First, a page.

Tom laughed for the first time. “It gets better. About a month later, in March, I was of legal age. I sold two of my horses, and married Renée. Her parents had to sign for her to get married, she was only fifteen. We were still in high school. I didn’t tell my parents. I told them there was a basketball camp I needed to attend for the weekend. We skipped school on a Friday, got married, and had a three day, two night honeymoon. Renée was finally my wife, and I loved her so much. I gave her parents almost all of my allowance each month. They didn’t want to take money for Renée to live in her own home, but I insisted. She was my wife, I felt responsible for her. She still cried a lot for our baby, so if I could find any excuse to stay away from the ranch for a whole night, I would spend the night with her at her folks home. Marriage had some other advantages, too.” He grinned.
“Tom, um, after you were married, when you lived with your parents, um, did you still date?”
“Beth!” Tom laughed again. “I didn’t date, but… well, let’s see how I can explain. I told the folks, that I thought women were nothing but trouble, and all I wanted to do was study, so I could apply for scholarships. They told me that I didn’t need scholarships, we were rich. I told them they were rich. I was just a regular kid in public high school with no money, and no car. They increased my allowance, and gave me back my car. I didn’t argue about the allowance, but I told them to keep the car.”
“Because it had their name on it, and that would mean the next time I didn’t date the right girl, they’d take it away again. They sold me the car for a dollar, you could do that back then. Once the title was in my name, I sold it and bought a blue, little Nash Rambler. Were they ticked! With that car, I could pick up Lydia and Animal, then we would go get Renée. If any one saw any of us together, well, we were all covered.” Tom smirked.
“You were rotten!”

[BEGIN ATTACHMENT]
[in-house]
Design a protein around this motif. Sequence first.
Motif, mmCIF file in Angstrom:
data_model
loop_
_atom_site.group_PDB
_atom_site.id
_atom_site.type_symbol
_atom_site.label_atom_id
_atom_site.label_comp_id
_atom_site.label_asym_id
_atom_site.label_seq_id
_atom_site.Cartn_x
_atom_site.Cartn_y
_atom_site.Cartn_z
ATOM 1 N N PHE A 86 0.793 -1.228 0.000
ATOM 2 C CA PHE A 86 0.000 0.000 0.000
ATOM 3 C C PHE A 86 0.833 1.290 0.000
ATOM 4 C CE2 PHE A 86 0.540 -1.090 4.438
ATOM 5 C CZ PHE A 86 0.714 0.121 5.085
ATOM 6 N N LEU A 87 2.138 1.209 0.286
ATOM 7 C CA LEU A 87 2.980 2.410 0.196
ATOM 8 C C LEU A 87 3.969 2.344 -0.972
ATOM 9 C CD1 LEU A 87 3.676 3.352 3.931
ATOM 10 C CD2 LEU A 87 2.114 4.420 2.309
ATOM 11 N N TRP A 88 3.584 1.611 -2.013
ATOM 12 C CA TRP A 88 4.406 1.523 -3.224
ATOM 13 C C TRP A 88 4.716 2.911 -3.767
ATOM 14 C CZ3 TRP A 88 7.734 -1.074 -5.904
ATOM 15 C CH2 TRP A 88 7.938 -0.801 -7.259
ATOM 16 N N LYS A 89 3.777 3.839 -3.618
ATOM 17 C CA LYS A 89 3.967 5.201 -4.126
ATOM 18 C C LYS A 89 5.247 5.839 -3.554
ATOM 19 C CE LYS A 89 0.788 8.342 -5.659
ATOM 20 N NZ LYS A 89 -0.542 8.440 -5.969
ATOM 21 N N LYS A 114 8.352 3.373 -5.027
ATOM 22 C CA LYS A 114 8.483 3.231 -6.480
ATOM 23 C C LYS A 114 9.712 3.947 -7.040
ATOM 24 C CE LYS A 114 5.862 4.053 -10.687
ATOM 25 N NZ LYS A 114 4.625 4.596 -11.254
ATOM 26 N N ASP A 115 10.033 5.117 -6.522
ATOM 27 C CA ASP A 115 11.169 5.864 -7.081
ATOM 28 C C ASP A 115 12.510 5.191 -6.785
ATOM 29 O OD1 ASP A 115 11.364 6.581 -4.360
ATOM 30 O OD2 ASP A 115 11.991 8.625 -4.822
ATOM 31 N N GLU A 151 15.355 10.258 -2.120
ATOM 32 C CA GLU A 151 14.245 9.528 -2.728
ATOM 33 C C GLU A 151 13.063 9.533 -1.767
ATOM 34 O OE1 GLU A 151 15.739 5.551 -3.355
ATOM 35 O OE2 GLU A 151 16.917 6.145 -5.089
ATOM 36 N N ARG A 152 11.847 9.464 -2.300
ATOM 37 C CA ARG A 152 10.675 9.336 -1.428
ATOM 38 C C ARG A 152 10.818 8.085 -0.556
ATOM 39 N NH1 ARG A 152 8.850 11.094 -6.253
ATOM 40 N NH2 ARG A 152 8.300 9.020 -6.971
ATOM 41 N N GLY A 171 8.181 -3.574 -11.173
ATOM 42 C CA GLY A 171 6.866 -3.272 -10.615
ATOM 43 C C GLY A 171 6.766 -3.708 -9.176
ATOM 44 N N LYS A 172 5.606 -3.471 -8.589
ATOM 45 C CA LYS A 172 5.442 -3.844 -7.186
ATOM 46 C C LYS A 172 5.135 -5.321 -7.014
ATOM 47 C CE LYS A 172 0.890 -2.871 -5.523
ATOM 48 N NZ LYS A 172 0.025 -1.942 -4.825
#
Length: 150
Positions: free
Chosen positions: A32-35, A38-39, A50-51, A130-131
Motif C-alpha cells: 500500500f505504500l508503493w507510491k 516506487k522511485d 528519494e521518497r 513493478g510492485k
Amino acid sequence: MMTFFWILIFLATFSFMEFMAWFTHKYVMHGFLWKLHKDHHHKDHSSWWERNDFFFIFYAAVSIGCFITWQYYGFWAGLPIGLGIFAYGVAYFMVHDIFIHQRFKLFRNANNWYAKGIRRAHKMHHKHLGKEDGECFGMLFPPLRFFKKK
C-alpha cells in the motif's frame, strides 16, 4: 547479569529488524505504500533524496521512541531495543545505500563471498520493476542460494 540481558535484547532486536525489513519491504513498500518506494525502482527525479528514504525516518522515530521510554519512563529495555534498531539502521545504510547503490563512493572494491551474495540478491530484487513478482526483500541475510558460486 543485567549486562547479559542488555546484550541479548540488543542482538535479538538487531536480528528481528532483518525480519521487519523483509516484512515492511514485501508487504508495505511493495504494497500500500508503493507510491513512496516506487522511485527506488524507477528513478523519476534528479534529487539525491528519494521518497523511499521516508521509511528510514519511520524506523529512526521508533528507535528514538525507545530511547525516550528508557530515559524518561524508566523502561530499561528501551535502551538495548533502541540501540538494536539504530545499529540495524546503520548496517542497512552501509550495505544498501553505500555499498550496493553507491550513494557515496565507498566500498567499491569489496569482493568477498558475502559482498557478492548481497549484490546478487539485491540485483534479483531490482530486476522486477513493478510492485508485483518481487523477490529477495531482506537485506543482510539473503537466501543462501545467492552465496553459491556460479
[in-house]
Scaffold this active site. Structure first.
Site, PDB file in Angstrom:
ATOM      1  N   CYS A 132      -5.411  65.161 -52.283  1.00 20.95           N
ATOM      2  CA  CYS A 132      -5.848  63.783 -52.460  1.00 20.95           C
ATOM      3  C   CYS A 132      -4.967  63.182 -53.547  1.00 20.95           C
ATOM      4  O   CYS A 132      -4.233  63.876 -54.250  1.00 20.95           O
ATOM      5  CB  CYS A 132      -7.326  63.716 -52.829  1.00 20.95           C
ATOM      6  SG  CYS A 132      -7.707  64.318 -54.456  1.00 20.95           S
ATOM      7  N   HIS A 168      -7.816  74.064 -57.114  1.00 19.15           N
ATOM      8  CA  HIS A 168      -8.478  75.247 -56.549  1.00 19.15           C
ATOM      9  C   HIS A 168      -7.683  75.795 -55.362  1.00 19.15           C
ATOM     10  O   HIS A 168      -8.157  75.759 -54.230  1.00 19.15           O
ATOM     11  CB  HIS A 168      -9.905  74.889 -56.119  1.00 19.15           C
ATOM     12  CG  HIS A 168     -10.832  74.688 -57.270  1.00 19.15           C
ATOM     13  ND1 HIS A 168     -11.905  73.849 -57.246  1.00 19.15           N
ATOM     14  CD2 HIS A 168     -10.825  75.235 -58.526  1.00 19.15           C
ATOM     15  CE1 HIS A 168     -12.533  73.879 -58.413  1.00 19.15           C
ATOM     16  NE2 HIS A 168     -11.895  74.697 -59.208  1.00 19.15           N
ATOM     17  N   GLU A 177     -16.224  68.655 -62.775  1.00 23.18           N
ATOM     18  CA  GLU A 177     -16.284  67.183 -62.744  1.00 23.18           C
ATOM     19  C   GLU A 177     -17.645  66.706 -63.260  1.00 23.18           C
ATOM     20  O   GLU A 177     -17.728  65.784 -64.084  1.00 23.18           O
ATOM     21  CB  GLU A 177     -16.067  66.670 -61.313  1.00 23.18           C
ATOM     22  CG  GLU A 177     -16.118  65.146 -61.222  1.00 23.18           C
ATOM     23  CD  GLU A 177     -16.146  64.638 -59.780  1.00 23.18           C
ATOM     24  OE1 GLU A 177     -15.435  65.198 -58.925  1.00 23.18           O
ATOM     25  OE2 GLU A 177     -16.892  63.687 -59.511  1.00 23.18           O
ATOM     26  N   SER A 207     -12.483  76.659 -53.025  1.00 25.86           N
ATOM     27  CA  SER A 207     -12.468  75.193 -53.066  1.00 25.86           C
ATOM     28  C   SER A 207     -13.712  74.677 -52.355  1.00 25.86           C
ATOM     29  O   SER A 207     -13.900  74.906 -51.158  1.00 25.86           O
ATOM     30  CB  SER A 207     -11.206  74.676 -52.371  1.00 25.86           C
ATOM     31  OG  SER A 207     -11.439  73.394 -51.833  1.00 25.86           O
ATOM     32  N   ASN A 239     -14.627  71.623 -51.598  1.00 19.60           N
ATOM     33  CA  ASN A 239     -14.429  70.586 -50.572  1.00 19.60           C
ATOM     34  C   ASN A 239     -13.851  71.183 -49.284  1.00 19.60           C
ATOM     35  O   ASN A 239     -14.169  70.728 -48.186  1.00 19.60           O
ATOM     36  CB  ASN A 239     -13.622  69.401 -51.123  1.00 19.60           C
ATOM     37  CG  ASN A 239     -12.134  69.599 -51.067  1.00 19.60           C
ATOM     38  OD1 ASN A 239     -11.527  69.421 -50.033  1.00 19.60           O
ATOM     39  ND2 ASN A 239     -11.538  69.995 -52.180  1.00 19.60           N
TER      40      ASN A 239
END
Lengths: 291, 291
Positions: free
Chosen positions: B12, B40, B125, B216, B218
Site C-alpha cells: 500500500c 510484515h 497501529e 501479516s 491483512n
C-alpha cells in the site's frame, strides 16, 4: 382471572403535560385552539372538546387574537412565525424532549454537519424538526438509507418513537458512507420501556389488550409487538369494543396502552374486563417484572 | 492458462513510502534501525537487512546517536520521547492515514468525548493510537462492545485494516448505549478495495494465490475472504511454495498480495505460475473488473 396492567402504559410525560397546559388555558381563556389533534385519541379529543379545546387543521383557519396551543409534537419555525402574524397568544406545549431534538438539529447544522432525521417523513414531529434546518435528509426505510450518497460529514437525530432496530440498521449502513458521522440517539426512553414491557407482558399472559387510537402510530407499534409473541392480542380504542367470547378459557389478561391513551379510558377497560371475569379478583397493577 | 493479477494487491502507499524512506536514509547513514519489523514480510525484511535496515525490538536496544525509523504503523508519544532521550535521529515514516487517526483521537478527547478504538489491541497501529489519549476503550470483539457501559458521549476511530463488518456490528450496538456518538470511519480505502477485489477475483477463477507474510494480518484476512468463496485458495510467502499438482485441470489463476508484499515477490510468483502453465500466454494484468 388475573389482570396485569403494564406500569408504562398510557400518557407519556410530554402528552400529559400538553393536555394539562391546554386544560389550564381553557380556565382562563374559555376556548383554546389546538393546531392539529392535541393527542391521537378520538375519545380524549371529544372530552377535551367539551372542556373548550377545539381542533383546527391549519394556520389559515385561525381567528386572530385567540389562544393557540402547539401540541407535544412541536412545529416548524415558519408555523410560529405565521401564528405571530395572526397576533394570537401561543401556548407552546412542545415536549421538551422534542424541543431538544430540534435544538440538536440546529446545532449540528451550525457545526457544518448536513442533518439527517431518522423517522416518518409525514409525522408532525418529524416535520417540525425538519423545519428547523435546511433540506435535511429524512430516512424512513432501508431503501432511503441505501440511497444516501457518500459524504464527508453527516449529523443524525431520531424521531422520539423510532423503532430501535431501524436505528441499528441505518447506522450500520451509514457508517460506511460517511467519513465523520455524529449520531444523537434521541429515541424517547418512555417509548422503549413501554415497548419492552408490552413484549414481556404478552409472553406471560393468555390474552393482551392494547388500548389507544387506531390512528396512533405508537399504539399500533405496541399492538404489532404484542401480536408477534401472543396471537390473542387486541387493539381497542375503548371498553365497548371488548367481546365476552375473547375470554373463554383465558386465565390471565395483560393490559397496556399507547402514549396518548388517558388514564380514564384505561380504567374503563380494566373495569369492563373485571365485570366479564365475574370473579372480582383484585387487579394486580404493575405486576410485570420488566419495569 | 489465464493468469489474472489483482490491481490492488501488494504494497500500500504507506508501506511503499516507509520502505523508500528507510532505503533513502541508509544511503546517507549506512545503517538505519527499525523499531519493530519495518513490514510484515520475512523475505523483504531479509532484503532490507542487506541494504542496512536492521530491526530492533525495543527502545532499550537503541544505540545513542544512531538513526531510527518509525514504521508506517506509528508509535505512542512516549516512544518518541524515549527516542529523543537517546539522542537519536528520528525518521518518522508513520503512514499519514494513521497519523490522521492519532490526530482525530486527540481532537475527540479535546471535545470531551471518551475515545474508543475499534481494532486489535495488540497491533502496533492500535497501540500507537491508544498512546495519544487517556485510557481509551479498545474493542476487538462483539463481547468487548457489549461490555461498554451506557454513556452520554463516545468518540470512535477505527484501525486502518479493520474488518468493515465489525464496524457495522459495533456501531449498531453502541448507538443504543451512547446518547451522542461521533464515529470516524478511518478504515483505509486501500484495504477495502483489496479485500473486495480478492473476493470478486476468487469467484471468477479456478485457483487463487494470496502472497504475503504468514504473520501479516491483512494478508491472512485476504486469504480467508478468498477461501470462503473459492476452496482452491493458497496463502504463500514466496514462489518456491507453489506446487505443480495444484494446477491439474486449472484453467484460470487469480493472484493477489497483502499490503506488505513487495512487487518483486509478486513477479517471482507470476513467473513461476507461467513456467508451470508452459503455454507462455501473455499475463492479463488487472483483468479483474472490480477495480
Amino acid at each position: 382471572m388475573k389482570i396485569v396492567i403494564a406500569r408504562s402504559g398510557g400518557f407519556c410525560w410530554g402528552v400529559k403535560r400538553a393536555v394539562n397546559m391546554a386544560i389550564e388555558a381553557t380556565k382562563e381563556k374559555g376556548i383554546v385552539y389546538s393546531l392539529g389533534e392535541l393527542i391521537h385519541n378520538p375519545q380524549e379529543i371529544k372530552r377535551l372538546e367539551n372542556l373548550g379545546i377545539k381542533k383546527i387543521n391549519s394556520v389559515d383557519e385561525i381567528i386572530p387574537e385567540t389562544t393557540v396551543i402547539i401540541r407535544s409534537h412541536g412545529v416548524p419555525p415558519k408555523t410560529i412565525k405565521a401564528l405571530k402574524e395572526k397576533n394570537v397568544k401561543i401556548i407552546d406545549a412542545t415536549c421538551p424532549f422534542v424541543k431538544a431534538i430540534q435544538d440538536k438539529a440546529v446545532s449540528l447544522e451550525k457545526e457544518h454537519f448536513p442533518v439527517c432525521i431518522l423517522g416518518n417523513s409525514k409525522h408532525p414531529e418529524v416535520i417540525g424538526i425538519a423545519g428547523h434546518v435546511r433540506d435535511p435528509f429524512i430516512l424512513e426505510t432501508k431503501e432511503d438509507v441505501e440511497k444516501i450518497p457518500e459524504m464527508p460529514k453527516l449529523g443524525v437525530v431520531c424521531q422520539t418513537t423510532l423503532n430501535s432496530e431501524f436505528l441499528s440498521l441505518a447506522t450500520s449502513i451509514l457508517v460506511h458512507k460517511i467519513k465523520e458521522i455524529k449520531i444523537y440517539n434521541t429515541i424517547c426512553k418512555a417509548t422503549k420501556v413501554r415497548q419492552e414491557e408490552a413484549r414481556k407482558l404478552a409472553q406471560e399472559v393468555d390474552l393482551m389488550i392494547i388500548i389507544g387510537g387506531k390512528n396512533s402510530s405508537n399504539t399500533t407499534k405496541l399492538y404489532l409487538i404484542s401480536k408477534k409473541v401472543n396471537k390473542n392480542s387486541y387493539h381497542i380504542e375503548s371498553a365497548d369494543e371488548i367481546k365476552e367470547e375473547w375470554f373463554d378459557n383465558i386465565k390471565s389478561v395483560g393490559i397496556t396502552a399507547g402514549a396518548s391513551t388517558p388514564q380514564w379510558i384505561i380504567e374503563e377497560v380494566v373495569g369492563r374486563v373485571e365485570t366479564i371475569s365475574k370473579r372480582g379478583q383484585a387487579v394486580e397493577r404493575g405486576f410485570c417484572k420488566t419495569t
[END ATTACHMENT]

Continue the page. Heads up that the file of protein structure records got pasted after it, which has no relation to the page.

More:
“True, but I was with my wife. Now, she got dinner, the movies, and sex. I applied to every college that was a million miles from home. When I would get a letter of acceptance, I’d tell them I was going to visit the campus. Renée and I would have a romantic weekend alone. After basketball season, she got a job babysitting after school. They were nice enough to understand our situation, and kept it quiet. We managed to keep our marriage a secret from my parents until after I graduated high school, and was sure I got my scholarship. Then we told them. They didn’t go off the wall, as we had expected, but they never welcomed her into the family either. I used the extra money from selling the T-Bird to pay for an efficiency apartment. Folks did help with my education by paying for my books, but they paid nothing toward our living expenses. Our first apartment was smaller than my parents foyer, and that is no exaggeration. Renée got a job part time after school at the hospital when she got her working papers after she turned sixteen. If we had trouble making ends meet, I’d sell something, a horse, or a piece of jewelry, rather than get a job. I needed to keep my grade point up so I didn’t lose my scholarship. On Christmas break, I’d get a job at a department store. Spring break I’d find some landscaping work to build up a little cash reserve. I took summer classes in order to graduate sooner. Renée got her high school diploma, then worked full time as a nurses aide. She wanted me to continue on to get my EE degree. Finally, I got a break. I found a full time, entry level position with the company I’m still with. They paid for the rest of my classes, and I could finish my education by taking night courses. It didn’t bother me one bit that my parents had nearly cut me off financially. Renée felt worse about it than I did. Not because of the money, but for the family aspect. All during our marriage, Renée would often dream that she’d heard our son cry. She’d sit bolt upright in bed, crying her eyes out for him. I missed him, too. I think together we cried a river for that little boy.”